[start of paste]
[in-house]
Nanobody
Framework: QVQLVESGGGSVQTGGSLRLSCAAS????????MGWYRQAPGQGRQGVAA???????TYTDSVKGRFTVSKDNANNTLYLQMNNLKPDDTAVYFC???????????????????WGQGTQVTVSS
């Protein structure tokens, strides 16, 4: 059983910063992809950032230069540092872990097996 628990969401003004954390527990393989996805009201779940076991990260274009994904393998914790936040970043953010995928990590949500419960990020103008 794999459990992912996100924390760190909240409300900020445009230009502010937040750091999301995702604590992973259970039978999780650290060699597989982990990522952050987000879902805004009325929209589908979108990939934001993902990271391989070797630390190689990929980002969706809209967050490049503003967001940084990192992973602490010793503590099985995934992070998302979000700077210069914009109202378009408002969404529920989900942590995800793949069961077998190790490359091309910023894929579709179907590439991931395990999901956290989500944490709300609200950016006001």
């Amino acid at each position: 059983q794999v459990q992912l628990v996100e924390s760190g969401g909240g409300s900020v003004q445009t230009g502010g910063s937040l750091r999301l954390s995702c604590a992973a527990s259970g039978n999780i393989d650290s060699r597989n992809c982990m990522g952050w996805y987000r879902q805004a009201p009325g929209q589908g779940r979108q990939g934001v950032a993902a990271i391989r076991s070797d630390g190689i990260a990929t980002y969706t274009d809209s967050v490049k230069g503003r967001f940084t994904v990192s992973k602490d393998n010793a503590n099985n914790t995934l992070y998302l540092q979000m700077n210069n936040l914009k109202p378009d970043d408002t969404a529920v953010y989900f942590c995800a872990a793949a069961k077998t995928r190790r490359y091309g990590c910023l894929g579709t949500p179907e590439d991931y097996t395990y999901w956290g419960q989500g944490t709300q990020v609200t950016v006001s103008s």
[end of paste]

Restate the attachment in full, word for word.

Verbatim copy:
[in-house]
Nanobody
Framework: QVQLVESGGGSVQTGGSLRLSCAAS????????MGWYRQAPGQGRQGVAA???????TYTDSVKGRFTVSKDNANNTLYLQMNNLKPDDTAVYFC???????????????????WGQGTQVTVSS
């Protein structure tokens, strides 16, 4: 059983910063992809950032230069540092872990097996 628990969401003004954390527990393989996805009201779940076991990260274009994904393998914790936040970043953010995928990590949500419960990020103008 794999459990992912996100924390760190909240409300900020445009230009502010937040750091999301995702604590992973259970039978999780650290060699597989982990990522952050987000879902805004009325929209589908979108990939934001993902990271391989070797630390190689990929980002969706809209967050490049503003967001940084990192992973602490010793503590099985995934992070998302979000700077210069914009109202378009408002969404529920989900942590995800793949069961077998190790490359091309910023894929579709179907590439991931395990999901956290989500944490709300609200950016006001």
């Amino acid at each position: 059983q794999v459990q992912l628990v996100e924390s760190g969401g909240g409300s900020v003004q445009t230009g502010g910063s937040l750091r999301l954390s995702c604590a992973a527990s259970g039978n999780i393989d650290s060699r597989n992809c982990m990522g952050w996805y987000r879902q805004a009201p009325g929209q589908g779940r979108q990939g934001v950032a993902a990271i391989r076991s070797d630390g190689i990260a990929t980002y969706t274009d809209s967050v490049k230069g503003r967001f940084t994904v990192s992973k602490d393998n010793a503590n099985n914790t995934l992070y998302l540092q979000m700077n210069n936040l914009k109202p378009d970043d408002t969404a529920v953010y989900f942590c995800a872990a793949a069961k077998t995928r190790r490359y091309g990590c910023l894929g579709t949500p179907e590439d991931y097996t395990y999901w956290g419960q989500g944490t709300q990020v609200t950016v006001s103008s």